As a writer with long experience in the Middle East, I initially welcomed the convulsions of the Arab Spring — indeed, I believed they were long overdue. In the early 1970s, I traveled through the region as a young boy with my father, a journey that sparked both my fascination with Islam and my love of the desert. The Middle East was also the site of my first foray into journalism when, in the summer of 1983, I hopped on a plane to the embattled city Beirut in hopes of finding work as a stringer. Over the subsequent years, I embedded with a platoon of Israeli commandos conducting raids in the West Bank; dined with Janjaweed raiders in Darfur; interviewed the families of suicide bombers. Ultimately, I took a five-year hiatus from magazine journalism to write a book on the historical origins of the modern Middle East. [Continue reading…]
AFP reports: About 45,000 militants have been killed in Iraq and Syria since the US-led operation to defeat the ISIS group began two years ago, a top general said Wednesday.
“We estimate that over the past 11 months, we’ve killed about 25,000 enemy fighters. When you add that to the 20,000 estimated killed (previously), that’s 45,000 enemy (fighters) taken off the battlefield,” said Lieutenant General Sean MacFarland, who commands the US-led coalition campaign against ISIS.
MacFarland said estimates for the overall remaining strength of ISIS vary from about 15,000 to 30,000 but said the jihadists are having increasing difficulties replenishing their ranks. [Continue reading…]
Crux reports: Catholic leaders in the Middle East say that the United Sates has the “moral responsibility” to help stop the savagery against Christians in the region, and to provide assistance to help them stay in the region, because it was the U.S. that unleashed the chaos in the first place.
“They were the ones who invaded [Iraq] in 2003 and changed the whole region, and they had the moral responsibility to fix the situation before leaving the country,” said the Chaldean Catholic Archbishop of Erbil, Iraq, Bashar Matti Warda.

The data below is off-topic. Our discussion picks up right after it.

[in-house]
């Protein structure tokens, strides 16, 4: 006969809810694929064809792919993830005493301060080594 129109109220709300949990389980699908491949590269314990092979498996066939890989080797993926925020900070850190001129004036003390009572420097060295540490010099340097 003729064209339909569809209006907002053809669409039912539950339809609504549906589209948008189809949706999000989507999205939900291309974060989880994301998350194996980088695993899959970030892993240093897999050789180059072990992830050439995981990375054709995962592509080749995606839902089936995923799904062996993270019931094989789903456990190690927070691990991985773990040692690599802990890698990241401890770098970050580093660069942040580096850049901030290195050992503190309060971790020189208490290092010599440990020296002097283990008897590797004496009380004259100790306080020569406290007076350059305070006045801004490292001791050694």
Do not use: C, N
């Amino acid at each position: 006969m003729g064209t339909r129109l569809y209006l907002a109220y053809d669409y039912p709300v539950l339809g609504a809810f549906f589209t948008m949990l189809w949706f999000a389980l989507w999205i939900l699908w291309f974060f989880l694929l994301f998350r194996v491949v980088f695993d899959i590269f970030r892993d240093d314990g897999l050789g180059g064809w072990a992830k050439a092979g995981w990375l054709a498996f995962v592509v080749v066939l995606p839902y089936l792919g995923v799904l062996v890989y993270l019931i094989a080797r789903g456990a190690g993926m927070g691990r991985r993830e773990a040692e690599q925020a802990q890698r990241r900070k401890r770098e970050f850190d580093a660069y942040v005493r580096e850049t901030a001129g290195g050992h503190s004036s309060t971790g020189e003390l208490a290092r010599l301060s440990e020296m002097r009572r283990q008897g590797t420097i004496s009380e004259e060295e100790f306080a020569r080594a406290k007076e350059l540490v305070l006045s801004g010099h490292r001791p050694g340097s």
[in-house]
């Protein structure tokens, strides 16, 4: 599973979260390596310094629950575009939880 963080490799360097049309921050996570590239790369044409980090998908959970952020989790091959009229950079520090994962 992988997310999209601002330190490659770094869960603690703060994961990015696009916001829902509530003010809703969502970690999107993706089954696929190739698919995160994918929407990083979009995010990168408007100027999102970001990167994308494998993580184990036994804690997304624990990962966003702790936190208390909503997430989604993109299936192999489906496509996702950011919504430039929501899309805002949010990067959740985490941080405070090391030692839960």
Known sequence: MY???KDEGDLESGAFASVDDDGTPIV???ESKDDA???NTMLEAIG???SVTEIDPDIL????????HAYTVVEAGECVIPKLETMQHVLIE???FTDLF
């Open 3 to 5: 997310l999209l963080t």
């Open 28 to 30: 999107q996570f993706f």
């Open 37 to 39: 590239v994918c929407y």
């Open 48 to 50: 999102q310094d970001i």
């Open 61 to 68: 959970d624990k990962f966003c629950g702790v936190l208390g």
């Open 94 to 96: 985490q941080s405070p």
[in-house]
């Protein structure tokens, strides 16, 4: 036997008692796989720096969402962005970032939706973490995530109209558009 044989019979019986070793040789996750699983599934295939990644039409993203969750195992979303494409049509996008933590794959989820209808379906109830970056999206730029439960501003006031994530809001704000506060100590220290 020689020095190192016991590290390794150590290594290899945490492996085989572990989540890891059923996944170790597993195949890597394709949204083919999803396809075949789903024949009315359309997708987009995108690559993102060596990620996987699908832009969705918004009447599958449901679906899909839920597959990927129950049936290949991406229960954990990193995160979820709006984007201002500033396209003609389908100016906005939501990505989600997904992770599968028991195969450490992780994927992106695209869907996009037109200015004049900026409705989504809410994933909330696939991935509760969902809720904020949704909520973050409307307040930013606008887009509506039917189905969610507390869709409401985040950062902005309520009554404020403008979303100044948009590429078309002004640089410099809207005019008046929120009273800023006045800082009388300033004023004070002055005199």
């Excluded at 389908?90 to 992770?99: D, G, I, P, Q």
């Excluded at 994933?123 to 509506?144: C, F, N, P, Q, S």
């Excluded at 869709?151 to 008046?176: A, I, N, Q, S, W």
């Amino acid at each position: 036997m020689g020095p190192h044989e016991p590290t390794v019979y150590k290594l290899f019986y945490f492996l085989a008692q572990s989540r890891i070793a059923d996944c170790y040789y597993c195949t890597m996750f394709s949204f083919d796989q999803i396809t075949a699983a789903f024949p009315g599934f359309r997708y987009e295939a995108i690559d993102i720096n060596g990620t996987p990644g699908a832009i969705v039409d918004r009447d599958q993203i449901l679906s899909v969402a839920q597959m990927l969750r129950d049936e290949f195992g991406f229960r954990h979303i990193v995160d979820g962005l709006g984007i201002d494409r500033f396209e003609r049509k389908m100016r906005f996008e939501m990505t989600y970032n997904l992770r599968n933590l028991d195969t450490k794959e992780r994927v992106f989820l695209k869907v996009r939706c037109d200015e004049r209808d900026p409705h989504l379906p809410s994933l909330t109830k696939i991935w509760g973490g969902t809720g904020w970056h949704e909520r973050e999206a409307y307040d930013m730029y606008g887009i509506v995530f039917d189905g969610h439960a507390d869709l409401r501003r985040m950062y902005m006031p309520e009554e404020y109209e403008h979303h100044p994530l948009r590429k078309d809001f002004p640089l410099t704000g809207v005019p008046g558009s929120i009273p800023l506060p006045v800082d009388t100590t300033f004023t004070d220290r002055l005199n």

Jean-Clément Jeanbart, Greek Melkite Archbishop of Aleppo, the “martyred city” of Syria, said that the U.S. has a two-fold responsibility. On the one hand, he asked the U.S. government to ensure that the aid being sent to the region is also distributed among Christians, which, he said, means entrusting a portion of it to the churches.
As the system is set up, he said, all the aid goes to the refugee camps. Yet Christians see their lives at risk there, so they generally choose to seek shelter at churches and convents instead.
“If the help went to the churches, it wouldn’t mean that they’re giving special rights to Christians, but that they’re actually helping everyone,”Jeanbart said at a press conference held on Wednesday during the Knights of Columbus’s 134th Supreme Convention, which took place in Toronto, Canada.
The many Christian churches in the region – in Syria, there are six different Catholic rites alone – fund schools, hospitals, and provide shelter to all refugees, without distinguishing between Muslims, Yazidis or Christians, he said. [Continue reading…]